The Liberal, Conservative and New Democratic Party leaders have all used those words to describe the mind-boggling home prices and dearth of quality rental options that have come to characterize the country’s real estate. The Green Party has similarly called for affordable housing for all Canadians.
Breakneck price appreciation, once a problem limited largely to areas around Vancouver and Toronto, has become a national emergency during the pandemic, with Canada’s average home price rising by more than 30 per cent between July 2019 and July 2021, according to data from the Canadian Real Estate Association.
At the same time, COVID-19 has also brought renewed attention to the issue of renting. On the one hand, eviction threats during provincial stay-at-home orders have highlighted the plight of low-income renters, many of whom were disproportionately affected by job losses in the earlier phases of the pandemic. On the other hand, the quality and affordability of rental options is increasingly becoming a middle-class issue as well, as a growing number of prospective homebuyers feel permanently locked out of homeownership.
The front-runners are all going big with promises to tackle the crisis. Liberal Leader Justin Trudeau unveiled a pledge on Tuesday to build or renovate 1.4 million homes in four years. Conservative Leader Erin O’Toole has promised one million new houses in three years, while NDP Leader Jagmeet Singh wants to build 500,000 affordable homes in 10 years. And that’s just a taste of the many policy proposals each party has put forth on housing so far.
But how did Canada’s crippling housing woes come to be in the first place?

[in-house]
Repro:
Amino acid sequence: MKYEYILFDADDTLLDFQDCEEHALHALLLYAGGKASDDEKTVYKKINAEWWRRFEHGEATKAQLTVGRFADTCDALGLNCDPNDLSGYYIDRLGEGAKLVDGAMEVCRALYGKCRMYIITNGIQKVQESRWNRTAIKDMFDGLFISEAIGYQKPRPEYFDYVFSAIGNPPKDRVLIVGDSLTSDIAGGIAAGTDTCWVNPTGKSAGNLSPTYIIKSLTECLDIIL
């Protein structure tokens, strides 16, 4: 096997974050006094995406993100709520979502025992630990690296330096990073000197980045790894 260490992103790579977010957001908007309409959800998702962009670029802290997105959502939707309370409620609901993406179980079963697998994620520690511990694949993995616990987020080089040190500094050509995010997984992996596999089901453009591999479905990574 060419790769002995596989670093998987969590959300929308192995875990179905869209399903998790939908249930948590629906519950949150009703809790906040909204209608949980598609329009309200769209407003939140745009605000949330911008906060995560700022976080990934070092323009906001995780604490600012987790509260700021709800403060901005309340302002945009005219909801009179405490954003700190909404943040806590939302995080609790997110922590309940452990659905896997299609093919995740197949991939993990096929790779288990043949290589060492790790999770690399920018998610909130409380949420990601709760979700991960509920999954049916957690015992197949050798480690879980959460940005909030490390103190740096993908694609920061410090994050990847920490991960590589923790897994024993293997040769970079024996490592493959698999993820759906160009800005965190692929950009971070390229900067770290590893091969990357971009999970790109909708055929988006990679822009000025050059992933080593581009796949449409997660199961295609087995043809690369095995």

While there is no single or simple explanation, here’s a look at some of the main factors experts point to when explaining the country’s housing crisis.
Economists have long pointed to low interest rates as an important factor behind Canada’s home-price boom.
Mortgage rates for well-qualified borrowers have been in the low single digits for more than a decade, a far cry from the double-digit rates Canadians used to pay on mortgages in the 1980s and early 1990s.
Low interest rates have allowed Canadians to take on ever-larger mortgages and thus afford pricier homes. The amount of mortgage debt Canadians collectively owe stood at 1.7 trillion in September 2020, according to the latest seasonally adjusted data from the Bank of Canada. That’s up from around $1 trillion in mortgage debt a decade ago.
While mortgage rates were already low before the pandemic, they dropped even further after the onset of the health emergency, as the Bank of Canada used a variety of tools to lower borrowing costs and stimulate economic activity to soften the impact of COVID-19.
Among other measures, Canada’s central bank has left its key interest rate at a historic low of 0.25 per cent since March 2020. Movements in the Bank of Canada’s trend-setting interest rate directly impact variable-rate mortgages.
But changes in the central bank’s rate can also affect the interest on new fixed-rate mortgages, especially if there’s a widespread expectation that the changes will be long-lasting.